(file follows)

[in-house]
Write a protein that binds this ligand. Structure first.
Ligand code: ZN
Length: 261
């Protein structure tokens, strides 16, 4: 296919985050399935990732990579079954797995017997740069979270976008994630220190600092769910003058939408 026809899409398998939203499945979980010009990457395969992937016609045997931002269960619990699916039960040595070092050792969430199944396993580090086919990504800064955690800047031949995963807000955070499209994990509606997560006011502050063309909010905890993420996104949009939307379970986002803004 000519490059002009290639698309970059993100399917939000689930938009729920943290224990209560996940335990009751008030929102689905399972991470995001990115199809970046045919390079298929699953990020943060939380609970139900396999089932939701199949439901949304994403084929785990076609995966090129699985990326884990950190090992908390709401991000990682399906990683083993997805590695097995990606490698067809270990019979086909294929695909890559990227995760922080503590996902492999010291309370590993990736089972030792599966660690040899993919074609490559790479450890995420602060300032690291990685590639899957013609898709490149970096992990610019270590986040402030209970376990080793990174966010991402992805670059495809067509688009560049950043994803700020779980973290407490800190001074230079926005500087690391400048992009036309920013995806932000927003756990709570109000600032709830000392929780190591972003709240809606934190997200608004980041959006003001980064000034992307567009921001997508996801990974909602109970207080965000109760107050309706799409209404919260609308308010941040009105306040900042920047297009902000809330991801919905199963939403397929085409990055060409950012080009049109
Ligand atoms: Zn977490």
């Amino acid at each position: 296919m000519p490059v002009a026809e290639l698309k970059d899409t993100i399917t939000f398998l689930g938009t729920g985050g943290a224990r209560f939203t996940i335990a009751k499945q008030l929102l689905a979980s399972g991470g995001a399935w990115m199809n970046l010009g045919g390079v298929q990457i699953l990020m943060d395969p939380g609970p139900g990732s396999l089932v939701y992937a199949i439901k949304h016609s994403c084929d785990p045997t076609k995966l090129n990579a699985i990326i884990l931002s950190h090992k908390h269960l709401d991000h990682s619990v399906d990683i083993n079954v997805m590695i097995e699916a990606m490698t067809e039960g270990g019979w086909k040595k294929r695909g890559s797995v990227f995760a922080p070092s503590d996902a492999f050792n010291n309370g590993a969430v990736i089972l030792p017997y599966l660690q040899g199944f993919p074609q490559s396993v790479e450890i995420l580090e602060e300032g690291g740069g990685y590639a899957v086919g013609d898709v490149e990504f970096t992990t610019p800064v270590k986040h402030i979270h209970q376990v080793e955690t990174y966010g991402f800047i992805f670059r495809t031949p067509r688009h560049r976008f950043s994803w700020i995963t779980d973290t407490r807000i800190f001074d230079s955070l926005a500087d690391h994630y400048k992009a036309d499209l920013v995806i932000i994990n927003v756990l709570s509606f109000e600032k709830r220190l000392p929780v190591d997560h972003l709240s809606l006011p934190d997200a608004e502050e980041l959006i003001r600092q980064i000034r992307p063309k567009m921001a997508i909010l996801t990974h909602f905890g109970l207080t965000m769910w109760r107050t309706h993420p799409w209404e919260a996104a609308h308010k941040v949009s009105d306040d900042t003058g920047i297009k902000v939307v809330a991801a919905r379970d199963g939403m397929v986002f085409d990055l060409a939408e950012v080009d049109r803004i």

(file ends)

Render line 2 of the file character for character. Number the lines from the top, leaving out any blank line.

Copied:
Write a protein that binds this ligand. Structure first.